4.0014 Conceptualizing Computers (84)

Elaine Brennan & Allen Renear (EDITORS@BROWNVM.BITNET)
Wed, 9 May 90 17:08:56 EDT

Humanist Discussion Group, Vol. 4, No. 0014. Wednesday, 9 May 1990.

(1) Date: Tue, 8 May 90 23:01:42 EDT (14 lines)
From: psc90!jdg@dartvax.dartmouth.edu (Dr. Joel Goldfield)
Subject: "Finally, some colleagues who admit "it.""

(2) Date: Wed, 09 May 90 08:42:24 EDT (23 lines)
From: brad inwood <INWOOD@vm.epas.utoronto.ca>
Subject: computer personalities

(3) Date: 9 May 90 01:14:00 EDT (38 lines)
From: O.B. Hardison, Jr. <ohar@guvax.georgetown.edu>
Subject: RE: 4.0002 Thinking about computers (166)

(4) Date: Tue, 8 May 90 14:10:31 PDT (9 lines)
From: cbf@faulhaber.Berkeley.EDU (Charles Faulhaber)
Subject: Computers: Superstition, Reification, & Stress

(1) --------------------------------------------------------------------
Date: Tue, 8 May 90 23:01:42 EDT
From: psc90!jdg@dartvax.dartmouth.edu (Dr. Joel Goldfield)
Subject: "Finally, some colleagues who admit "it.""

Thanks, HUMANIST colleagues Lavagnino and Ball, for lending some support
to the anti-anthropomorphic current regarding computer "gender" (ugh).

Somehow, the whole golem discussion seems to fit creepily into this look
at computer use in the life of humanists.

Joel D. Goldfield
Plymouth State College (NH)
(2) --------------------------------------------------------------31----
Date: Wed, 09 May 90 08:42:24 EDT
From: brad inwood <INWOOD@vm.epas.utoronto.ca>
Subject: computer personalities

Our (Classics) department has always had some named and therefore
personified computers. Our original PC was dubbed Clytaemnestra by our
sometime depart- mental secretary, who was rather resistant to
computerization. When the first AT came along, it immediately became
Orestes, named by the academics who used him for research purposes, and
so named in part as an assertion of the positive value of computers -- a
gentle barb in the politics of technological advancement. But then came
the peripateia, and Orestes was transferred to the secretaries for
administrative work -- and in fact to the same technophobic secretary!
So poor Orestes suffered a sex-change and deification in one swoop and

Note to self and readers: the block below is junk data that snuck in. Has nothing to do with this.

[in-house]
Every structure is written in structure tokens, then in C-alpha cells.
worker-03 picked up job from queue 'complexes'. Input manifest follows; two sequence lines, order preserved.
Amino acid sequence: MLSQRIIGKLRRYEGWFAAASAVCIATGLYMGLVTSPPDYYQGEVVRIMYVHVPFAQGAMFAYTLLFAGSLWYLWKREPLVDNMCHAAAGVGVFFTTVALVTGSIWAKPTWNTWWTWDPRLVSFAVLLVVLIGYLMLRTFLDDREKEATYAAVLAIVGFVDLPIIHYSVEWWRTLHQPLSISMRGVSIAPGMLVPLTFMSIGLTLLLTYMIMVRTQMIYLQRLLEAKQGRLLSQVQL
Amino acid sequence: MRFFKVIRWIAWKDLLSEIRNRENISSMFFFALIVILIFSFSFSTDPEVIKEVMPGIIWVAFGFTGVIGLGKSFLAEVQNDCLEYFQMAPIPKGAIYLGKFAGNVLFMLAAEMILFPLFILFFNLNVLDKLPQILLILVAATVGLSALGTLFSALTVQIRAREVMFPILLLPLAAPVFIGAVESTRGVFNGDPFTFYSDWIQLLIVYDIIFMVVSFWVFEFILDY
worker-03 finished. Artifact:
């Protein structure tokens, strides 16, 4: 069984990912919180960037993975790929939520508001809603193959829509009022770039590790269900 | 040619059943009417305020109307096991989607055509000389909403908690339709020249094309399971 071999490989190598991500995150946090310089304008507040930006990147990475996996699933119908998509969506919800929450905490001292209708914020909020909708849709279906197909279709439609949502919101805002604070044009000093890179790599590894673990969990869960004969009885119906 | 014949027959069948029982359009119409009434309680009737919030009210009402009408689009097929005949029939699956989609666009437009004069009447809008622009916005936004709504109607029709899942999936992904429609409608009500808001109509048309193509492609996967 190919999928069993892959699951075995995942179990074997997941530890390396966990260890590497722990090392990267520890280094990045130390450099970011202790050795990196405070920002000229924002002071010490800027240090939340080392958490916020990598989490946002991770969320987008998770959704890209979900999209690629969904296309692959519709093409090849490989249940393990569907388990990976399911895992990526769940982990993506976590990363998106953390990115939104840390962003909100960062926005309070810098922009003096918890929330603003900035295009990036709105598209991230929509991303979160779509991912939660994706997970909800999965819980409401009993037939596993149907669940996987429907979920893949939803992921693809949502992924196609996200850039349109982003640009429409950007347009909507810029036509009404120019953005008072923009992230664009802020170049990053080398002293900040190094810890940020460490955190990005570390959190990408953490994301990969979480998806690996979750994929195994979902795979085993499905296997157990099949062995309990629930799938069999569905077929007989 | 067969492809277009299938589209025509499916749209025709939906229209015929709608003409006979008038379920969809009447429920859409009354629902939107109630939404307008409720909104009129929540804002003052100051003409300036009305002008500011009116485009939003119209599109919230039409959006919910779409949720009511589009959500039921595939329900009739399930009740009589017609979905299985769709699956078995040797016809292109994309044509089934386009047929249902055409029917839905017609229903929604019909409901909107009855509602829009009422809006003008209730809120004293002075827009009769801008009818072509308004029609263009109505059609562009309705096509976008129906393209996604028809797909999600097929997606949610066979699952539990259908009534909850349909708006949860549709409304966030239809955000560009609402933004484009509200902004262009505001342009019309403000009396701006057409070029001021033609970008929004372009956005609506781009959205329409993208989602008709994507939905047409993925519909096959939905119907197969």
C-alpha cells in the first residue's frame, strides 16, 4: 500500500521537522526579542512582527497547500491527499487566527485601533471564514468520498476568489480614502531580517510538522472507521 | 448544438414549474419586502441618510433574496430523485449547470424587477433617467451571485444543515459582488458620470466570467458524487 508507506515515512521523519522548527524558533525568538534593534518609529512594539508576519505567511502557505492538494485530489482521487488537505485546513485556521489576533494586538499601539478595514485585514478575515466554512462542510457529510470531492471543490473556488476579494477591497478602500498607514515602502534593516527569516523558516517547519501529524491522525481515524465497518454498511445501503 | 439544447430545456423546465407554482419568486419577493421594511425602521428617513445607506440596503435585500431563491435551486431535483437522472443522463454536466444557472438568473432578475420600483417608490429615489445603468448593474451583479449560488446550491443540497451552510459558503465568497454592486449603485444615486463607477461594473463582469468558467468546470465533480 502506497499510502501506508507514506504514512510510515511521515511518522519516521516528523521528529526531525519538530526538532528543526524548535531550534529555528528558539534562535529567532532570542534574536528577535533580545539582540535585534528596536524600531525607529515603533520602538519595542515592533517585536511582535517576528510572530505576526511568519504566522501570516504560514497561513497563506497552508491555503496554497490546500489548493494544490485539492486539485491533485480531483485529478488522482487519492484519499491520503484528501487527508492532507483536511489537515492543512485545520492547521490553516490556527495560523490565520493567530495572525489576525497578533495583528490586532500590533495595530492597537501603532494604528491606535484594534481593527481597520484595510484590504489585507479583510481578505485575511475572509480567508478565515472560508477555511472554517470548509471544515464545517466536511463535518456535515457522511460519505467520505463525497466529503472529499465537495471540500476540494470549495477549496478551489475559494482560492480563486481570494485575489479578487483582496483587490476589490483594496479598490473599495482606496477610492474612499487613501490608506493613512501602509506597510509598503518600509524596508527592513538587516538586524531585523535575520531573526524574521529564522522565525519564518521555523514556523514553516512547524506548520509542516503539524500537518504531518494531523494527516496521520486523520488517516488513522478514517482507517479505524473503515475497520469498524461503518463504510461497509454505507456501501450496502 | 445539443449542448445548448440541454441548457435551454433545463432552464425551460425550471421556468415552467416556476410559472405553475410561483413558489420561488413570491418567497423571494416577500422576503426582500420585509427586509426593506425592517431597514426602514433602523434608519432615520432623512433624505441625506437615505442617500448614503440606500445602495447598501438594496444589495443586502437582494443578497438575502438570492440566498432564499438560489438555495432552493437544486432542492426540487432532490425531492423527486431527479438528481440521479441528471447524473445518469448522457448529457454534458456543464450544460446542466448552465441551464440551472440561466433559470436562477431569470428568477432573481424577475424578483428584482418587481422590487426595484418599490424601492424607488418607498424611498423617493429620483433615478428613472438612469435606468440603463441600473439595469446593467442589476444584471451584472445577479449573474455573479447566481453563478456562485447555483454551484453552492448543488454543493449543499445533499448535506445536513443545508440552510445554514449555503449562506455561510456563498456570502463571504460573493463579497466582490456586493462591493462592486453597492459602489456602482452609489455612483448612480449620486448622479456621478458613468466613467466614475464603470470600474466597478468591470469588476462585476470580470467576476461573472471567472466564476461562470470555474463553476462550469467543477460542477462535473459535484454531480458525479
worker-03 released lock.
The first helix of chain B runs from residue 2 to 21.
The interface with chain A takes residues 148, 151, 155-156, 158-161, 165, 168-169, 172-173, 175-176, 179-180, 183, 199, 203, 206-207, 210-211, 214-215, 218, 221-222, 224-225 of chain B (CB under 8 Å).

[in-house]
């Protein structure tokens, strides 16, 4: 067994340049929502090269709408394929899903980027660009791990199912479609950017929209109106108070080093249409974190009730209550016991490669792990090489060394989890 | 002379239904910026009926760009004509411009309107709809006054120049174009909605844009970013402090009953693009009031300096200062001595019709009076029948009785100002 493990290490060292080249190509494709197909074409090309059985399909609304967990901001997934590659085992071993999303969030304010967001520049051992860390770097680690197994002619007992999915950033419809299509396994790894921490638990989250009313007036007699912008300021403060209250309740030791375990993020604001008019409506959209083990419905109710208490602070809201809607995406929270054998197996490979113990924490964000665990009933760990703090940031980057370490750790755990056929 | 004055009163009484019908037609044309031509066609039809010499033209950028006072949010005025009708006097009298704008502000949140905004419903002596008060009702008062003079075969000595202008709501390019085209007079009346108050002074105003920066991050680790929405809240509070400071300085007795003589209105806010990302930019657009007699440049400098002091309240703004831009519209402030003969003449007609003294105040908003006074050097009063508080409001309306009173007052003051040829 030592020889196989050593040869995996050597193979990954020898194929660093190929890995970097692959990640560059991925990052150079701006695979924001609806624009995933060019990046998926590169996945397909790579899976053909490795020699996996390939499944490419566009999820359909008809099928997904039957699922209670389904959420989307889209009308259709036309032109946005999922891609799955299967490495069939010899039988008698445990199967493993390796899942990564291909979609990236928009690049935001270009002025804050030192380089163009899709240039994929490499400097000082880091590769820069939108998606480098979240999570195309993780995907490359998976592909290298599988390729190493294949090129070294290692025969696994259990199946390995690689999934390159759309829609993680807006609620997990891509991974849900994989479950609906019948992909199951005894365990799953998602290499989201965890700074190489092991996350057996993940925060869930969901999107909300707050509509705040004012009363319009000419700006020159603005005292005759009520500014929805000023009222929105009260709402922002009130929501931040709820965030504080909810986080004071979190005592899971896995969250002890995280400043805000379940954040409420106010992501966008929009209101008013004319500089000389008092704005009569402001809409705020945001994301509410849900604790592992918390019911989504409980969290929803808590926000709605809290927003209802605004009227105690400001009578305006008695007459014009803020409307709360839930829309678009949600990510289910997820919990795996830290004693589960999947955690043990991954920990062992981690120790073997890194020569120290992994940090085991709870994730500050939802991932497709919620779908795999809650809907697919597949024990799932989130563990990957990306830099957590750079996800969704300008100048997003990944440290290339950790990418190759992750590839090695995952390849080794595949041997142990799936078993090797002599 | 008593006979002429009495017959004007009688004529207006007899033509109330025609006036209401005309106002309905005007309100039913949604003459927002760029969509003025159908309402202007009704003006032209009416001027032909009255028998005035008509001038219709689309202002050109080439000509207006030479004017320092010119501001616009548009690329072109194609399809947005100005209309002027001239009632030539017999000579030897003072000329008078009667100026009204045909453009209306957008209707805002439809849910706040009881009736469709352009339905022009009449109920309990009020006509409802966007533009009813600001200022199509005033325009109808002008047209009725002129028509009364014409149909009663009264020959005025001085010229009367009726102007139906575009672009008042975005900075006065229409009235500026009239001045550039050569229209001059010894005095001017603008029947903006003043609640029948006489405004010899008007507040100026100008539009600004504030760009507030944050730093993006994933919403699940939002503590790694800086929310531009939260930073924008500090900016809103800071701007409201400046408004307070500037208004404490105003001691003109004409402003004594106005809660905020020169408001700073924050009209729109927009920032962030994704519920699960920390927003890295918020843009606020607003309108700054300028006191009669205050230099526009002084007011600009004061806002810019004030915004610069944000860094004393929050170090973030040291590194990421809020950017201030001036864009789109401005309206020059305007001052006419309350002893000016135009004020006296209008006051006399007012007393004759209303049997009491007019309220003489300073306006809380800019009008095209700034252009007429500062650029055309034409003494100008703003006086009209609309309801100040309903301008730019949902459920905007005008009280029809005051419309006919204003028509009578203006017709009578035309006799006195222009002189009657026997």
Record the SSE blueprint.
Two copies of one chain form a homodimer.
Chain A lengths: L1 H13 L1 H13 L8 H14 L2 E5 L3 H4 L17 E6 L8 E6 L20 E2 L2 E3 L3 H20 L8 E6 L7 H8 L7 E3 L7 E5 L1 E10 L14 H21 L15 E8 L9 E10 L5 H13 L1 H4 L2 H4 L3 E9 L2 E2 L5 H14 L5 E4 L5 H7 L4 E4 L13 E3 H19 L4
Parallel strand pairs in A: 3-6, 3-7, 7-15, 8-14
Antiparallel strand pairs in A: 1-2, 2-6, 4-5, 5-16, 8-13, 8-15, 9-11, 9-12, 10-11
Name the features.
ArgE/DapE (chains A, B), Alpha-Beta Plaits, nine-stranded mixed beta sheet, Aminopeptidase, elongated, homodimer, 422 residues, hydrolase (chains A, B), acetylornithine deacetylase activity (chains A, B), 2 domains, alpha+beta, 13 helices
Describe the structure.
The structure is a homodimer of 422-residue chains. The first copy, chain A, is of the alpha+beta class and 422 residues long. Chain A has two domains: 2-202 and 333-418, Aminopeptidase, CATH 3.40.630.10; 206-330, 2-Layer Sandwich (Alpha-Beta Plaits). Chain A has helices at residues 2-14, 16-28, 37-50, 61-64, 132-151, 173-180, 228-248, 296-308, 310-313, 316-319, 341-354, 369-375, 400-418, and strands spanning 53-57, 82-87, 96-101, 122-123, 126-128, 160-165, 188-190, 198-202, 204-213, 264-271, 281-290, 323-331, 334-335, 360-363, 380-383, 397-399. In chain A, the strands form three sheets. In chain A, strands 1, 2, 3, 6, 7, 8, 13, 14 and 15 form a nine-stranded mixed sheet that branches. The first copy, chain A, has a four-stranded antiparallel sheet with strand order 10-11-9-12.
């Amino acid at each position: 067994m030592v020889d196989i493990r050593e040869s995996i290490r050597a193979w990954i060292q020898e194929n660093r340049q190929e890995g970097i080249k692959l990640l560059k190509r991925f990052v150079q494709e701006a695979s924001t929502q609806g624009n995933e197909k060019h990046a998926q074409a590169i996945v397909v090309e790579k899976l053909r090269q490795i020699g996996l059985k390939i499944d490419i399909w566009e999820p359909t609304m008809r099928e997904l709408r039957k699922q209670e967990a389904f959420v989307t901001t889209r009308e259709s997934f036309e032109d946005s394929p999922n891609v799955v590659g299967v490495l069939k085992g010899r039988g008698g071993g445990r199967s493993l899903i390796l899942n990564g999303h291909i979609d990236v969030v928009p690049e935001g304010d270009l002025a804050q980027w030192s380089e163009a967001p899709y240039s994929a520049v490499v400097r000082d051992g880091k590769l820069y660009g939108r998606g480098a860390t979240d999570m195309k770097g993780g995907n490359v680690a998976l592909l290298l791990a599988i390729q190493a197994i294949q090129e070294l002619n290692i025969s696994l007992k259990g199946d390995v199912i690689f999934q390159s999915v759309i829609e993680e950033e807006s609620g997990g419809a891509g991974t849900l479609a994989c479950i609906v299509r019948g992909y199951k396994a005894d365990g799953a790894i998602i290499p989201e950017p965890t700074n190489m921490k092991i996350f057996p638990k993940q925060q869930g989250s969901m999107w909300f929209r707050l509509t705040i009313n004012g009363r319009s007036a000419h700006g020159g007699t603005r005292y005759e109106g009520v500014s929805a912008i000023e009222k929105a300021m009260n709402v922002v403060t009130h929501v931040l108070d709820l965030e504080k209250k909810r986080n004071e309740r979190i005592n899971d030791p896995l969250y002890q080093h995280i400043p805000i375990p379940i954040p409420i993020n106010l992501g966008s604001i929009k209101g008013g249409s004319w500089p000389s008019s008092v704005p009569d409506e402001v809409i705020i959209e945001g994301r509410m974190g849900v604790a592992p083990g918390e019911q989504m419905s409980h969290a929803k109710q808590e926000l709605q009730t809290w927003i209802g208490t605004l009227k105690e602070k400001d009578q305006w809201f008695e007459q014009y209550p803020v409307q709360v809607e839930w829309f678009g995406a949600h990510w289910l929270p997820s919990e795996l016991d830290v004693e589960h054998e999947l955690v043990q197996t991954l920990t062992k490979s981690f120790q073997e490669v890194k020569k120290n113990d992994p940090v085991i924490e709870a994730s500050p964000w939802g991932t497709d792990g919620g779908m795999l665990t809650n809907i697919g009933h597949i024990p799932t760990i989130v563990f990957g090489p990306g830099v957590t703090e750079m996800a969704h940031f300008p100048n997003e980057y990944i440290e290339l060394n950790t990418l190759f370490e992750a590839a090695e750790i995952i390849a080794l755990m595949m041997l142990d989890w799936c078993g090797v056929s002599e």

became Nemesis. The AST which replaced the old AT for research purposes
was dubbed Pylades -- a logical substitution for his pal Orestes, now in
limbo I assume.

Meanwhile we hired new secretaries, with no trace of resentment for
machines. Their computers remain unnamed to this day. And so, by the
way, does my own. I wonder if there is anything typical in this story.
Do we name what we fear and wonder at? Has anyone else used computer
nomenclature to mediate the stress of new technology? And do those of
us who most comfortably live with machines least need to name them?
(3) --------------------------------------------------------------45----
Date: 9 May 90 01:14:00 EDT
From: O.B. Hardison <ohar@guvax.georgetown.edu>
Subject: RE: 4.0002 Thinking about computers (166)

There are two subjects here (1) the sex of computers and (2) the
metaphorics of computers - especially metaphorics relating computers to
human moltives/bahavior/attributes. Take the second first. One very
intresting phenomenon is the fact that scientific literature is saturated
with the metaphorics of computers. Many metaphors are found in Pamela
McCorduck's excellent MACHINES WHO THINK (1979). The relevance of
metaphors for thinking about computers is recognized powerfully in Alan
Turing's seminal paper in MIND (1950 "Computing Machinery and
Intelligence," which asserts, "I believe that by the end of the
twentieth century, the use of words and general educated opinion will be
altered so much that one will be able to speak of machines thinking
without fear of being contradicted." I have traced a good many of the
metaphors of machine life, and related them to the ngpoing debate, nn
the chapter "Deus ex Machina" in DISAPPEARING THROUGH THE SKYLIGHT:
p. 284ff. Toward the end of this chapter I review some of the still more
outrageous (but fascinating and revealing) metaphors being used
in the scientific community in relation to machine evolution and even to
the interchangeability of machine and carbon-based intelligence.
I think in the light of this body of metaphorica that human-like robots
of science fiction - and also the human-like robots increasingly
rolling off the assembly lines - can be understood in one sense at least

Now, as to item (1) - the sex of computers - I think it is less a matter
of concers which sex is choses than the fact that A sex is chosen. To
choose a sex is to use a metaphor attributing life (intelligent?) to a
machine. There may be good reasons for that beyond the impulse to
understand what is coming into being in human terms, but I'll stop here.
--O. B. Hardison, Jr.

(4) --------------------------------------------------------------22----
Date: Tue, 8 May 90 14:10:31 PDT
From: cbf%faulhaber.Berkeley.EDU@jade.berkeley.edu (Charles Faulhaber)
Subject: Re: 4.0010 Computers: Superstition, Reification, & Stress (79)

I was sitting with my programmer last night, and his comment
at one frustrating moment was "What's that sucker doing now."

Charles Faulhaber
UC Berkeley